STEP is a global professional body, comprising lawyers, accountants, trustees and other practitioners that help families plan for their futures.
They have a 'Digital Hub' with lots of help and advice regarding how to protect your digital data and memories for future generations after you die.
My case study about the distress of trying to access my brother's iphone and photos is featured on their website via this link: https://memories.step.org/case-studies/
You can also read the copy here below.
Linzi Meaden’s brother Stuart was a kind and gentle man who would go out of his way to help others. Stuart, 48, took his own life in June 2020 in Ashdown Forest in Sussex, England, during lockdown.
Linzi, 47, a trauma therapist from Tunbridge Wells, and her family had to deal with the sudden shock of his unexpected death and to try to make sense of what had happened. Stuart had not left a suicide note, and his family hoped that accessing his iPhone might give them some answers to the many questions they had.
However, without the passcode, they were unable to access Stuart’s phone. He had been fond of photography, particularly nature and wildlife, and the phone became one of the family’s few remaining links to him.
Stuart went missing on 14 June and was found on 17 June. His funeral was 10 July. Around 24 July, Linzi started the process of contacting Apple, where a customer support worker told her that she would need a court order to access Stuart’s phone.
She sent the first application for a court order in at the end of August. The judge asked for amendments to be made via multiple emails and letters. Every time Linzi asked a question, she was told by the court that staff were not legally trained.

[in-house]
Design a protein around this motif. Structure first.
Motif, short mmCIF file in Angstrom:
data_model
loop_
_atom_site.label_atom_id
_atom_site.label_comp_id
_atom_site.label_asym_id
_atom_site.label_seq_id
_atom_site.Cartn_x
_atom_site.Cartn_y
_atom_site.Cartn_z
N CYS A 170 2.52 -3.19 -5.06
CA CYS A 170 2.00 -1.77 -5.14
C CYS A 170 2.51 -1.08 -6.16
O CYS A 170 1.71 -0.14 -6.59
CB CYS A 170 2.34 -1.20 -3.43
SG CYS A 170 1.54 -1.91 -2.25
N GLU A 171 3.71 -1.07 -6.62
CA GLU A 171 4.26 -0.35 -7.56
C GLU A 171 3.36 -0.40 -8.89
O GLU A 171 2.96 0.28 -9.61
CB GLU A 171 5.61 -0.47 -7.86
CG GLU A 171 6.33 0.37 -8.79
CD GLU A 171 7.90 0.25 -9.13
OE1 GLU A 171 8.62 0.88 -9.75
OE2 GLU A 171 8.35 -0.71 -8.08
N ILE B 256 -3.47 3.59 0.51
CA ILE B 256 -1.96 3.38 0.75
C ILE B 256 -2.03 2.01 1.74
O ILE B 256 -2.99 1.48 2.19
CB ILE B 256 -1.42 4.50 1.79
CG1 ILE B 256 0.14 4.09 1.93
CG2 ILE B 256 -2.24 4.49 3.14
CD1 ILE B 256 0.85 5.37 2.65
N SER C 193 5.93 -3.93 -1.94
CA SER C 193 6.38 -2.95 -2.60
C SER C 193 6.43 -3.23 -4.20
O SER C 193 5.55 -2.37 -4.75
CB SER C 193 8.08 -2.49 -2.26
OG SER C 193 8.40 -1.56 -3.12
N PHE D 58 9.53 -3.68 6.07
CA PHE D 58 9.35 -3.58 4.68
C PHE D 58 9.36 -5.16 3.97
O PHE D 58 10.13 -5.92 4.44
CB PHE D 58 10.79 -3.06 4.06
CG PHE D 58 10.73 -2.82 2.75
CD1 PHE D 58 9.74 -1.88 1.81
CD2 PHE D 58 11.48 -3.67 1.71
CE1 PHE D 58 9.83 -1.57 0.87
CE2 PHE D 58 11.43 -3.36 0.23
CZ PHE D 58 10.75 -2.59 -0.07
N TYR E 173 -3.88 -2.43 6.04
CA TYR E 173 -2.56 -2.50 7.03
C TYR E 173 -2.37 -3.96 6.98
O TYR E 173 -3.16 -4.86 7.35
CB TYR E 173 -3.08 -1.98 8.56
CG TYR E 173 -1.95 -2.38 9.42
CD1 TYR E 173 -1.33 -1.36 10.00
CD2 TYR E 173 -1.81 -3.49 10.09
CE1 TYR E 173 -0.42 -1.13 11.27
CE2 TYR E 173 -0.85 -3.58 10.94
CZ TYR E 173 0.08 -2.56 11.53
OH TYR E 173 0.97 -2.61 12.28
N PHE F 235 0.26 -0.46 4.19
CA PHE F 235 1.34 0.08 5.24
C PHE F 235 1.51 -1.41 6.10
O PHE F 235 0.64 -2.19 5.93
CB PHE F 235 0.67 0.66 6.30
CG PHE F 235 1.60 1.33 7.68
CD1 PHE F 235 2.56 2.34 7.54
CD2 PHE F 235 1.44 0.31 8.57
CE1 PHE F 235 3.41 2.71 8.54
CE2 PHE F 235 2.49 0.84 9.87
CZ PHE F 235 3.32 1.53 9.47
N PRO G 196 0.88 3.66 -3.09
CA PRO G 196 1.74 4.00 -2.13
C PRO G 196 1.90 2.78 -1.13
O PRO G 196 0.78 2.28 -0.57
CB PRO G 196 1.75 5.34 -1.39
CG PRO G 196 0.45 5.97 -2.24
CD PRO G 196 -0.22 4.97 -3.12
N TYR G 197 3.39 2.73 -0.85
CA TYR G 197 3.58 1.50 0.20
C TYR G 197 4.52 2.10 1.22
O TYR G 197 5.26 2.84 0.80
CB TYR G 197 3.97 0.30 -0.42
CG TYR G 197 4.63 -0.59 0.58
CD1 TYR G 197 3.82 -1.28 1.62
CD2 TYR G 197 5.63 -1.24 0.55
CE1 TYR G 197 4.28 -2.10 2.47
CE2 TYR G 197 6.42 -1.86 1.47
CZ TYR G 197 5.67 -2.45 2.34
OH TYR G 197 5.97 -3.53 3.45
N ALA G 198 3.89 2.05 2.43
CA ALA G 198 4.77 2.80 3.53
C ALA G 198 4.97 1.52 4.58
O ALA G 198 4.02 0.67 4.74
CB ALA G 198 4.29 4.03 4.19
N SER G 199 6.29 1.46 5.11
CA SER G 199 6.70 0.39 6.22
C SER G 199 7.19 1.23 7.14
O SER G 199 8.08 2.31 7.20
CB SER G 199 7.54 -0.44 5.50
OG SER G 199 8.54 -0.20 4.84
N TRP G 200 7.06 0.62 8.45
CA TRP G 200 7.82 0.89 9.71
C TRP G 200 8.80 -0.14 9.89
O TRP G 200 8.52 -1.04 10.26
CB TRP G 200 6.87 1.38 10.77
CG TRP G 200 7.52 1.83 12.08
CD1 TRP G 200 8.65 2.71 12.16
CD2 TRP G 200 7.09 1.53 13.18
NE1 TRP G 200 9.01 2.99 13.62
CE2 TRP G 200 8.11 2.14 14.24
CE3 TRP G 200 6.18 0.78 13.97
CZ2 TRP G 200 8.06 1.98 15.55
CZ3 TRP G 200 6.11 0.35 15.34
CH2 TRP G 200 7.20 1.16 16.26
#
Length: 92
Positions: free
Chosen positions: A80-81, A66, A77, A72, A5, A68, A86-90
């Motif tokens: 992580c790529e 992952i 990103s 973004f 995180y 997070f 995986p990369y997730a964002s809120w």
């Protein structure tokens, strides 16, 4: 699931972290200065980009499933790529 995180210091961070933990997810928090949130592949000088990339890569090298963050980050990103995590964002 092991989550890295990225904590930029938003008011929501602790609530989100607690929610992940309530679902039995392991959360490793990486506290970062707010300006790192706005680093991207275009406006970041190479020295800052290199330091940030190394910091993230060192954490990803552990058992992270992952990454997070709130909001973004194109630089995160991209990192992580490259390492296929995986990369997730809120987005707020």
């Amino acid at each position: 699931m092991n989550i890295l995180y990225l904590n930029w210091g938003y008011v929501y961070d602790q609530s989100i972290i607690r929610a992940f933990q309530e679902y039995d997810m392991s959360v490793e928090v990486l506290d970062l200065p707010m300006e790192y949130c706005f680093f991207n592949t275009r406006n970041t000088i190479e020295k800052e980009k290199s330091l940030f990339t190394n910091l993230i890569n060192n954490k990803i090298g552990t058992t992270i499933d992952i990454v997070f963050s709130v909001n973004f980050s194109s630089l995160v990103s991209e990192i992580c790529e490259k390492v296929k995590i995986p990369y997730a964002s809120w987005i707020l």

She tried multiple times to secure the court order herself, which cost £308. Firstly, she was told that because she was not her brother’s next of kin, her 82-year old mother would need to sign the paperwork. Then, the paperwork had to be resubmitted because her mother had not signed it correctly. Then the judge asked Linzi to provide a UK address: Apple had given one in Ireland.
Linzi also contacted her MP Greg Clarke to ask for help. Although he was very empathetic, he was unable to assist. Stuart’s partner spoke to her MP, Caroline Ansell, who tried to help as well and one of her team contacted Apple on the family’s behalf.
At this point, Linzi’s mother felt she could not continue with this traumatic process of securing a court order. Fortunately, Linzi found advice online from other people and was finally able to access her brother’s photos on 23 March 2021, nine months after he had died.
Linzi feels that so much unnecessary distress and pain could have been avoided if the Apple helpdesk team were trained in dealing with bereavement queries.
Greater awareness of Apple’s legacy contact functionality would also help bereaved families: if all users were to decide in advance who could access their account following their death, this would avoid the difficulties faced by Linzi and her family.
Linzi has written a book called What Suicide Left Behind (on Amazon) to help others who have lost loved ones to suicide navigate their grief journey.
Linzi fully supports STEP’s #DigitalMemories campaign and hopes that it will help other families plan how they share their digital memories.
Copy taken from STEP's website